The problem with that amazing speed-reading app
— By Tyler Falk on April 24, 2014, 12:21 PM PST
Yes, agreed that subvocalization is the enemy of speed reading, and most of us are completely unaware that we are doing this. However, if you comprehend and and remember more that way, then why is that a bad thing. I don't know of many people that don't subvocalize when they write/type. I think the smaller window is not productive. I don't read words one at a time, we can read full sentences. One thing is to learn to speak faster.
...the study is flawed. Comparing "apples to oranges". Redo study after training subjects to read "the new way" and compare to their previous "old way".
Using Harry Potter as an example about reading comprehension, using this tool is inappropriate. You have to be familiar with the evolution of this product.
I bought a much earlier version of this product years ago (Ace Reader Pro).
The product came out of research for the Reading Impaired, whether the impairment occurred within the eye or the brain (dyslexia, ADD, ADHD, etc.).
For people who could barely read or not at all, the product was incredible.
You can't comprehend it if you can't read it.
"But is the way we read books about to get a dramatic overhaul? Probably not."
If you look at the way Time Magazine has been re-written into tiny stories (which I think sucks), the question to ask is not "Is the way we read books about to get a dramatic overhaul?", it's is the way we write books going to get a dramatic overhaul? I think the answer is yes, but thankfully not books like Harry Potter.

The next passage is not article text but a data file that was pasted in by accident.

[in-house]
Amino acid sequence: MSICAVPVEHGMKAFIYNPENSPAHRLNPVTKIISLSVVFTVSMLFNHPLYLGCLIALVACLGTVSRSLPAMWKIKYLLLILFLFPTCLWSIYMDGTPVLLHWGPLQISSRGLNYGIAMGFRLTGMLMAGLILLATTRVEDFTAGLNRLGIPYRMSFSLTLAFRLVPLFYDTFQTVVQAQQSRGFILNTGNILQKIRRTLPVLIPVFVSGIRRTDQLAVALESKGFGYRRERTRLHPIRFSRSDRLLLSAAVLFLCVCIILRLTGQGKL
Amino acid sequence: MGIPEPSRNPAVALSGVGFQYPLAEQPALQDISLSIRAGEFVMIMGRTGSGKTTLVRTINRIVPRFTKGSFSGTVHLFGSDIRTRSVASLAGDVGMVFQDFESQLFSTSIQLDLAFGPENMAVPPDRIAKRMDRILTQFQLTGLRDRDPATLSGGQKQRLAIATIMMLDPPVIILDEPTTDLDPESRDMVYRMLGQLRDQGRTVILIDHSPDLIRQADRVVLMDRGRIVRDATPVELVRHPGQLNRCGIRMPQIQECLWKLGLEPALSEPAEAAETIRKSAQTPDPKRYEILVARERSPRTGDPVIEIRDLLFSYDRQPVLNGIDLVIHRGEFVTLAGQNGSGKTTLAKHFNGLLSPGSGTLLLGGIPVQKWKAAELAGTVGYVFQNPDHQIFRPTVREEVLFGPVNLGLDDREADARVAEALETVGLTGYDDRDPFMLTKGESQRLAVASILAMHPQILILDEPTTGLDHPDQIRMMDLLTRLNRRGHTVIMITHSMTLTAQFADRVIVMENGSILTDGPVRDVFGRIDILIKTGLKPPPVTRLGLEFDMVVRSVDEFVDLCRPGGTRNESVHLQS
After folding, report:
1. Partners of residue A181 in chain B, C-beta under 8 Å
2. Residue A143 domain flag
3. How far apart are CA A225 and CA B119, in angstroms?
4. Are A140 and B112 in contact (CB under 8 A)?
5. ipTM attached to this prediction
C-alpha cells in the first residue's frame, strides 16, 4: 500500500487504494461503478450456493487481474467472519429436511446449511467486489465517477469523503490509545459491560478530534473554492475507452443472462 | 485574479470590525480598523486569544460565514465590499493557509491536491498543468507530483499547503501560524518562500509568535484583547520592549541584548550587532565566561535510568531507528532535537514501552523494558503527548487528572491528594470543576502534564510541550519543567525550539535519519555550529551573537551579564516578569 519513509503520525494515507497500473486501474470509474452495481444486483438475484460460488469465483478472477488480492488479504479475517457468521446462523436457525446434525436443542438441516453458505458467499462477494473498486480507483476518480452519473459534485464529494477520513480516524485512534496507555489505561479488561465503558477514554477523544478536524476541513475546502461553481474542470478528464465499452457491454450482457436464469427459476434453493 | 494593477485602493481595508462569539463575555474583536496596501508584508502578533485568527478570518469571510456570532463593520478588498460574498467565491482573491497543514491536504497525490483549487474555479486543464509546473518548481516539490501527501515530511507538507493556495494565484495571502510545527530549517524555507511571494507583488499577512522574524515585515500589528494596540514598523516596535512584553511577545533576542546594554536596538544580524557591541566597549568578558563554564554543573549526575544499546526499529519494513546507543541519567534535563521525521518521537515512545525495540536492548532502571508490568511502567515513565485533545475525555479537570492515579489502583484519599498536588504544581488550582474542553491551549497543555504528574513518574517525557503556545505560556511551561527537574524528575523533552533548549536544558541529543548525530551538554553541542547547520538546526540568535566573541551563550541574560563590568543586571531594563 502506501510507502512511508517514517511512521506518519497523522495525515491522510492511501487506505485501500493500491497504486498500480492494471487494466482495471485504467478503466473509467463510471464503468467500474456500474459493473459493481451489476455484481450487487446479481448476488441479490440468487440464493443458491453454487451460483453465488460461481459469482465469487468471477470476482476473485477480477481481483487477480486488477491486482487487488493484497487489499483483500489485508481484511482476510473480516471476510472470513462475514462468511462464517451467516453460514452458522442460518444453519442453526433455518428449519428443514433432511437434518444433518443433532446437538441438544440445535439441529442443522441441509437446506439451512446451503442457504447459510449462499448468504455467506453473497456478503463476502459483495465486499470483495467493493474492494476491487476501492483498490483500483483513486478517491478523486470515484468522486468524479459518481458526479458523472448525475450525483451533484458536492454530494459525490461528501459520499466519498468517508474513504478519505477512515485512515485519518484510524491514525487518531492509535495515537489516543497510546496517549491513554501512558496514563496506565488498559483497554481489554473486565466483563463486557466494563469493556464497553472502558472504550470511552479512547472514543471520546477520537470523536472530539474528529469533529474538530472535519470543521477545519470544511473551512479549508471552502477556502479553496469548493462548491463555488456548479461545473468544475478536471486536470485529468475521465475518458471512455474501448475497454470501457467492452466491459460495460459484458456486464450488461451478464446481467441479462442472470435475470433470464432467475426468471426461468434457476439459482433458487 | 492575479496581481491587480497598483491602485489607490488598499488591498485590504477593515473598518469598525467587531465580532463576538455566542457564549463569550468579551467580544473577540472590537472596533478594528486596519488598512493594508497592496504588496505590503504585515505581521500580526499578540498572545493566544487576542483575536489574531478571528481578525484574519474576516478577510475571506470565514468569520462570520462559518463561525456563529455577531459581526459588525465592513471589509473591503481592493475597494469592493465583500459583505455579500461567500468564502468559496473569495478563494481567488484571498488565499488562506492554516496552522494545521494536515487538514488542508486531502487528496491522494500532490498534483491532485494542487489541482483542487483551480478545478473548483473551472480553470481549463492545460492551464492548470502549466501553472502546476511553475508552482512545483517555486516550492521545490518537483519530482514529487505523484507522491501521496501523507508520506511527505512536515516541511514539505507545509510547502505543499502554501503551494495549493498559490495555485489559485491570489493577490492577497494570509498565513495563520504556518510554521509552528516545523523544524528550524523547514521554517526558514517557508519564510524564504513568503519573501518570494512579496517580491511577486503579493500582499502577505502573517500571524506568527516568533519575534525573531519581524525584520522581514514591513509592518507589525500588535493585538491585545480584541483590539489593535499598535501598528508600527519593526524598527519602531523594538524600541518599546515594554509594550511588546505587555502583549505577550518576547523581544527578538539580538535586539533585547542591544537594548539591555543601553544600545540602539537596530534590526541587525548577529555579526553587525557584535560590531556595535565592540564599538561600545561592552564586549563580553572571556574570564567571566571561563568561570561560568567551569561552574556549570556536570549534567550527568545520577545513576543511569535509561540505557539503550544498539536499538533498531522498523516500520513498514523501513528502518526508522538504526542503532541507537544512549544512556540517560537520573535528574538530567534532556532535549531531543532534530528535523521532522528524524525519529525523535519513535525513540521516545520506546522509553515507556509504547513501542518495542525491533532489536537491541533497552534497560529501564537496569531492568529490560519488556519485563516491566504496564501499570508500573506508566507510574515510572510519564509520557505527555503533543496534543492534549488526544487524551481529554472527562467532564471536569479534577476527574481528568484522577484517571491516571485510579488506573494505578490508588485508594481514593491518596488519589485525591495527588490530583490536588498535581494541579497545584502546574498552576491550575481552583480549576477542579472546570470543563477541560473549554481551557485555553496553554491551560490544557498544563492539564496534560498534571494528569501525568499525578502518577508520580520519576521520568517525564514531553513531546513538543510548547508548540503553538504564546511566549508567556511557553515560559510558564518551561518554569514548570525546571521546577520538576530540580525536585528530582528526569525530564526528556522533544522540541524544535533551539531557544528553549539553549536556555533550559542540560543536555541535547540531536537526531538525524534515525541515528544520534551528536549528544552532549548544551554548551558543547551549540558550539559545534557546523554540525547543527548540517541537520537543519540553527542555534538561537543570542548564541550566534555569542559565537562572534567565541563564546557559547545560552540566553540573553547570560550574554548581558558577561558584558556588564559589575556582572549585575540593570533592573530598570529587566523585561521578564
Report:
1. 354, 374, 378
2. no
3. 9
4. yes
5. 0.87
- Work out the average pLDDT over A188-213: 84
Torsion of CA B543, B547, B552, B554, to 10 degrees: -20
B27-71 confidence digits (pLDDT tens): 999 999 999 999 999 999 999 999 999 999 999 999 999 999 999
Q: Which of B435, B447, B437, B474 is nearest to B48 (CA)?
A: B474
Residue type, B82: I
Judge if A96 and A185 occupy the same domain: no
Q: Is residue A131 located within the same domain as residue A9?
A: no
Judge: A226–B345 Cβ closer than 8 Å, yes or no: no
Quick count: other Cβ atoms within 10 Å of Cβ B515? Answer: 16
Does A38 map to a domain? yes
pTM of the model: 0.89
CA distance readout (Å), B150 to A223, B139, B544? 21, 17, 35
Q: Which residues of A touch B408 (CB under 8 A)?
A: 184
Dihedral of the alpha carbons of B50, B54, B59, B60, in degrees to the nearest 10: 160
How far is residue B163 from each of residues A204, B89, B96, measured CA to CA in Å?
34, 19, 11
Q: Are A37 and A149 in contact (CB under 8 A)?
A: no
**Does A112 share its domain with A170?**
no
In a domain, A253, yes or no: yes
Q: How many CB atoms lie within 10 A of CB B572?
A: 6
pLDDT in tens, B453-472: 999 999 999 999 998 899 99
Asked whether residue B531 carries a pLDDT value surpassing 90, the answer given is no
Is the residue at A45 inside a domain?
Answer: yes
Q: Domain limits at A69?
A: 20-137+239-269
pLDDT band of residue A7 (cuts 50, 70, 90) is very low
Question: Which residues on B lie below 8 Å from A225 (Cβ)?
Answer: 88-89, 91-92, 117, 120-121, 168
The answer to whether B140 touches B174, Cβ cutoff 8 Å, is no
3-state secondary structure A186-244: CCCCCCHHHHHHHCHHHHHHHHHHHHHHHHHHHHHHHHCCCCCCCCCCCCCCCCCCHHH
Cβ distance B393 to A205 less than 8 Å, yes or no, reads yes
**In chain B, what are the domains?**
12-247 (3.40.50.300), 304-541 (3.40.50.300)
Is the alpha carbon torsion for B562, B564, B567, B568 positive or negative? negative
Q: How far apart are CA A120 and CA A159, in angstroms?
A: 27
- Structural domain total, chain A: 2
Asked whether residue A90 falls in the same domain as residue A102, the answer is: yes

Reading this article, using the tool would be fine with me.
I just don't see how/who is going to synch up Spritz appropriate content with Spritz, unless Spritz can team up with Amazon and/or Kindle.
Textbooks aren't going away either. It's nice to be able to have a full chart to see with accompanying text.
Looking at a piece of the chart thru a small window doesn't give you the big picture.
Small screens are good for small bits of stuff.
Reading one word at a time is possibly the slowest way to read. I took speed reading a couple of times when I was a student, each time for and in a different language. Quizzes are taken after each exercise to measure speed and comprehension. Fast reading (>2000 words per minutes) is accomplished by reading many words at a time, or even a paragraph at a glance.
Subvocalization is the biggest enemy of speed reading, yet most slow readers do them.
I find your argument deeply flawed. When reading normally, I find myself re-reading a lot, but based on my own experiences of Spritz, I found I did not have the urge to do so. I think this is because when I read, I glance ahead a lot (due to impatience? laziness?), which means I don't take the words in properly and need to review. With Spritz, you can't glance ahead and I found that that removed my urge to re-read. I found my comprehension was compromised at very high Spritz speeds, but at moderate rates which were still much faster than my normal reading, I found Spritz both more comfortable (easier) and highly comprehensible. Understandably, people have got carried-away with the theoretical possibilities of Spritz (Harry Potter in 77 mins etc) but this means they've stretched its capabilities in their initial tests, and so compromised it as the useful everyday tool it should be.